Assessing dalfampridine efficacy in the physicians office

Dalfampridine (extended release 4-aminopyridine) has shown in three recent randomised controlled trials (RCT) to improve walking speed in people with MS. The first phase II RCT had the percent change in walking speed as the primary efficacy variable.

Results did not show statistical significance and instead a responder was defined as anyone whose walking speed for at least three of four visits during the treatment period was faster than the maximum speed measured in the five non-treatment visits and this reached statistical significance. Therefore this definition of a responder, was based entirely upon consistency rather than magnitude of response and was used in both subsequent phase III RCTs.

These phase III trials showed more ‘consistent responders’ in the dalfampridine groups, which formed the basis of the FDA approval. The dalfampridine group had on average a 25.5% improvement in walking speed, versus 4.2% improvement in the placebo group. Unfortunately the ‘consistent responder’ criterion cannot feasibly be used in the physician’s office. Instead the reviewers in this article outline that catergorising responders based upon their magnitude of response, by measuring repeated pre-and post-dalfampridine Timed 25-Foot Walks (T25FW), is the most practical for clinicians.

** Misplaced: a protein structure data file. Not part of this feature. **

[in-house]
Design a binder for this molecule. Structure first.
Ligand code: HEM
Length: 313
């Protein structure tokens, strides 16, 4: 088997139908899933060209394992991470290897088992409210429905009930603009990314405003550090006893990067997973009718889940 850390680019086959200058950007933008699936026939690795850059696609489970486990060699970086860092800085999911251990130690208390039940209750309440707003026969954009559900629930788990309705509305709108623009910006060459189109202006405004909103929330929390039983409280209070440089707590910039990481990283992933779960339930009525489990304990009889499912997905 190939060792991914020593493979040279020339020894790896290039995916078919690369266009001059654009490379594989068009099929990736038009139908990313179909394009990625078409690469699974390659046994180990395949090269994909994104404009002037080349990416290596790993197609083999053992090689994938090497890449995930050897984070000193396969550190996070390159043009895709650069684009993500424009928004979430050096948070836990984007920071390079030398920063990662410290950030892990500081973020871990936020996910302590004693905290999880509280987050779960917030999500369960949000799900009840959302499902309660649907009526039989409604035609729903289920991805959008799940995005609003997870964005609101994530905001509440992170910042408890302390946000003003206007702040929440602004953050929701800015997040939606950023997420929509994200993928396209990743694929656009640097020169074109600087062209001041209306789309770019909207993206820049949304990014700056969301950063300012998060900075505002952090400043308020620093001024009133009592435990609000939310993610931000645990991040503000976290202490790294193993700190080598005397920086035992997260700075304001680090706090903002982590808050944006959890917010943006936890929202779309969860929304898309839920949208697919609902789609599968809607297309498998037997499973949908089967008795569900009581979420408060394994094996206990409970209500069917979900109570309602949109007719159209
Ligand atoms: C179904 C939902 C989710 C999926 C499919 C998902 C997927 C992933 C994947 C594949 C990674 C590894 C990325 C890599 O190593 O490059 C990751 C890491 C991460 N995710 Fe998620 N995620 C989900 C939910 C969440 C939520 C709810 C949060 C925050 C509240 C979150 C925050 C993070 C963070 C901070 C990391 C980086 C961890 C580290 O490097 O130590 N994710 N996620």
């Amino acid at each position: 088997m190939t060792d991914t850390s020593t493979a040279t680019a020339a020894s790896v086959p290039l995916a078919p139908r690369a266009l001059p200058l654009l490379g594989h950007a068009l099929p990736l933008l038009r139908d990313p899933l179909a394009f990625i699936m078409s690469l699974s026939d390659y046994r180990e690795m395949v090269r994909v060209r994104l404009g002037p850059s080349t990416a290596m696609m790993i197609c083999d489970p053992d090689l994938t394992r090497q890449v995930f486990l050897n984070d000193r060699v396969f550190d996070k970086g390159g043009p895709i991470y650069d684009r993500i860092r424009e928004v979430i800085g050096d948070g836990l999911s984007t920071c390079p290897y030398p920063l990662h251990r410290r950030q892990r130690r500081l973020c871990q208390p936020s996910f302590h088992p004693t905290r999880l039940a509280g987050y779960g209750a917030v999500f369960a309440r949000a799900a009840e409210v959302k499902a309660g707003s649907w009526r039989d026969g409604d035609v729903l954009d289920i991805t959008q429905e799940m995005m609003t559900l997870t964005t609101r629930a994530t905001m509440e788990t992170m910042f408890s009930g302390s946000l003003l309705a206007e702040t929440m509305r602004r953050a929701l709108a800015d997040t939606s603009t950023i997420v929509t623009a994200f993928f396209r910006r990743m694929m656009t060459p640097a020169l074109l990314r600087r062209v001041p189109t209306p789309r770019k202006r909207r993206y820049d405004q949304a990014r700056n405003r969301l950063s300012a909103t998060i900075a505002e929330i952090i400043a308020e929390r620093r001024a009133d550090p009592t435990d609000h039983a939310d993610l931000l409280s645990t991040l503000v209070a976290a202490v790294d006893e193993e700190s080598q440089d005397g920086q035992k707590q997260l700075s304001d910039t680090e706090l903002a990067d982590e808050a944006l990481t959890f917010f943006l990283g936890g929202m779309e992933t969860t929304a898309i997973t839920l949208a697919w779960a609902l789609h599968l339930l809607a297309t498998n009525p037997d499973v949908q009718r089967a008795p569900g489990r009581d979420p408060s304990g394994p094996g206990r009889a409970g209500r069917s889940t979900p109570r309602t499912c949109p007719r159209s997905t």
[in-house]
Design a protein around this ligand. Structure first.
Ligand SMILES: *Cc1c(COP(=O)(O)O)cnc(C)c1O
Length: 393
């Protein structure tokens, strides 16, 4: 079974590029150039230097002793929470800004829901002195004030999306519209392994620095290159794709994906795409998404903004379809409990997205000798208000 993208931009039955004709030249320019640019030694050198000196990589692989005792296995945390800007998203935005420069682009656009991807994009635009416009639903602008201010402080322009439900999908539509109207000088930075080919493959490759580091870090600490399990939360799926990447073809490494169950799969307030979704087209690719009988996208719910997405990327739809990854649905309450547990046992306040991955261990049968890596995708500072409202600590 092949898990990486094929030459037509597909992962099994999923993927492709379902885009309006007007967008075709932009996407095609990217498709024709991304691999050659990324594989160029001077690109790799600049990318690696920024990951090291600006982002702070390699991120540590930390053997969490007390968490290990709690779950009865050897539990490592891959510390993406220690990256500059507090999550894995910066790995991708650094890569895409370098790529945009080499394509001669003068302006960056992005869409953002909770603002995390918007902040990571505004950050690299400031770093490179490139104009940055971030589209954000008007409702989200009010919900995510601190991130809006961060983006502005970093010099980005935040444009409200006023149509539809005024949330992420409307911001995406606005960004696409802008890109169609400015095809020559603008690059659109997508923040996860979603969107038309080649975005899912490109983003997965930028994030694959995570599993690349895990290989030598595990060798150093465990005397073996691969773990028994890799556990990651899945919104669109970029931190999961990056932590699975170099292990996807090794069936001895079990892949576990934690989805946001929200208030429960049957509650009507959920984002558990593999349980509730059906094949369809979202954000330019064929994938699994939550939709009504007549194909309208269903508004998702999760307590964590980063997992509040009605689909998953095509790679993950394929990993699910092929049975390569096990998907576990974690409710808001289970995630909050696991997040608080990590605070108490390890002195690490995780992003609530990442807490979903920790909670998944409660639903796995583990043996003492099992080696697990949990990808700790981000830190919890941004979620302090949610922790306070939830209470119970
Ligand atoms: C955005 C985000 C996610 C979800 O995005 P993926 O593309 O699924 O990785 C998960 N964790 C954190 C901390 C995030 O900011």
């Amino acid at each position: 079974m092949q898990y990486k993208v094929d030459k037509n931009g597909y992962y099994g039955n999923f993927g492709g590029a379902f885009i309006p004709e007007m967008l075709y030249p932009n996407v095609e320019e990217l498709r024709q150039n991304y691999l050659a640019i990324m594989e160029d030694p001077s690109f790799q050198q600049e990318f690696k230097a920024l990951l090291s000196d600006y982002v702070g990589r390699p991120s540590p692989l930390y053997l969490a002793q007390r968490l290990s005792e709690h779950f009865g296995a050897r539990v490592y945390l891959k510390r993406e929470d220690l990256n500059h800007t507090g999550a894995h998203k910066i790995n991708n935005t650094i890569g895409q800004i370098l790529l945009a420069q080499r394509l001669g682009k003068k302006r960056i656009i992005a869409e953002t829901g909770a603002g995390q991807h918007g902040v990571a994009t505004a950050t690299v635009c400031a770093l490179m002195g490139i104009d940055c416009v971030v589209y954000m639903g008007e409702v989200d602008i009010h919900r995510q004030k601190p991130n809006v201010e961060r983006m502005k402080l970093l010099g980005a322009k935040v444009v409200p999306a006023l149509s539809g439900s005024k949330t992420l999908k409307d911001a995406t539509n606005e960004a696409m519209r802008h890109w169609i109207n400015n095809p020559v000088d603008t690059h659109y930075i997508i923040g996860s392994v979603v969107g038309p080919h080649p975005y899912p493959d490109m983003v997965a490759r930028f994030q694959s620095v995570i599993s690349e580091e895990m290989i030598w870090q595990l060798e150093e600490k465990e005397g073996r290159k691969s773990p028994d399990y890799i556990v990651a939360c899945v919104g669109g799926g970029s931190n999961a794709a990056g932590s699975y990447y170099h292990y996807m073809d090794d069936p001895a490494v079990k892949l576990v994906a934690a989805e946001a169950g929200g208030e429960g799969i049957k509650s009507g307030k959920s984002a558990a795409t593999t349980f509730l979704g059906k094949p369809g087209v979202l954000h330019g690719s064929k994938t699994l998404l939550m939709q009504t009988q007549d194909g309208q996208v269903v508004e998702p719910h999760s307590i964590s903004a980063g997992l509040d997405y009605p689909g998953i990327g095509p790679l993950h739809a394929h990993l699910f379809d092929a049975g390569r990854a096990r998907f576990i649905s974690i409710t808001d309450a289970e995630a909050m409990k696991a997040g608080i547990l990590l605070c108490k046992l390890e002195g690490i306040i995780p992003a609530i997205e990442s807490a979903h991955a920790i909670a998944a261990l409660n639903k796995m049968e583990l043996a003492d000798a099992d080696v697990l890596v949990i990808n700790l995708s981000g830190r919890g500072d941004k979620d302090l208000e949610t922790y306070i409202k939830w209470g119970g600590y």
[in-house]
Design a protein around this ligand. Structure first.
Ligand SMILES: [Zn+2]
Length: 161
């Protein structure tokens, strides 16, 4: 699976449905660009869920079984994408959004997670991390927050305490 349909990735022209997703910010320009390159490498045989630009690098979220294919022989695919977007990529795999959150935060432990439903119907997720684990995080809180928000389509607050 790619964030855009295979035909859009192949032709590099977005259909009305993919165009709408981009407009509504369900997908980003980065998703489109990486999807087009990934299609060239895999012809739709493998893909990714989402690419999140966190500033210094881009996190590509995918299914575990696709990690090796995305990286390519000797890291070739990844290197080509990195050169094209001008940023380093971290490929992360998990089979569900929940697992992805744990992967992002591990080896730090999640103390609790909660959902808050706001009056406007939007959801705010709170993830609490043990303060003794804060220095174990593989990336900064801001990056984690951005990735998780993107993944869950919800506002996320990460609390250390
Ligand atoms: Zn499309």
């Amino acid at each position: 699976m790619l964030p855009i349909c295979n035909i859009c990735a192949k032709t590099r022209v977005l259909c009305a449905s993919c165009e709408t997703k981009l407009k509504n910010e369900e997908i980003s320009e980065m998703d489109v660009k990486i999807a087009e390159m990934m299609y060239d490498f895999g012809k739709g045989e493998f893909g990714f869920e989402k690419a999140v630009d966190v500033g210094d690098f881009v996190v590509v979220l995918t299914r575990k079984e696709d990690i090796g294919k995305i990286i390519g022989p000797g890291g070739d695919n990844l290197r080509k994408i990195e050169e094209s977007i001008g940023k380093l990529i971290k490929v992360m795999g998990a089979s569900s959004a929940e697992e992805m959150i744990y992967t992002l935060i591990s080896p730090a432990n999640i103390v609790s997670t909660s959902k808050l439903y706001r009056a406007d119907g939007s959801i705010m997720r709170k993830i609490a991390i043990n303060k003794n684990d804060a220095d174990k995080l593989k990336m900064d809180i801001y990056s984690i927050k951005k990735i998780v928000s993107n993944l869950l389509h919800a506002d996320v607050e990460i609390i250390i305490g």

As stated by the European Medicines Agency ‘Patients should be evaluated after two weeks and treatment should be stopped for those who have not shown an improvement’.  This then raises the question of what cut-off of T25FW improvement should support a clinician’s decision to continue dalfampridine. Overall, this review feels a cut-off of 20-30% seems most appropriate but this should be used in conjunction with clinical acumen, as 4-aminopyridine may benefit people with MS in ways beyond that of walking speed.

Authors: Raffel J, Malik O

Source: Mult Scler. 2013 May 31. [Epub ahead of print]

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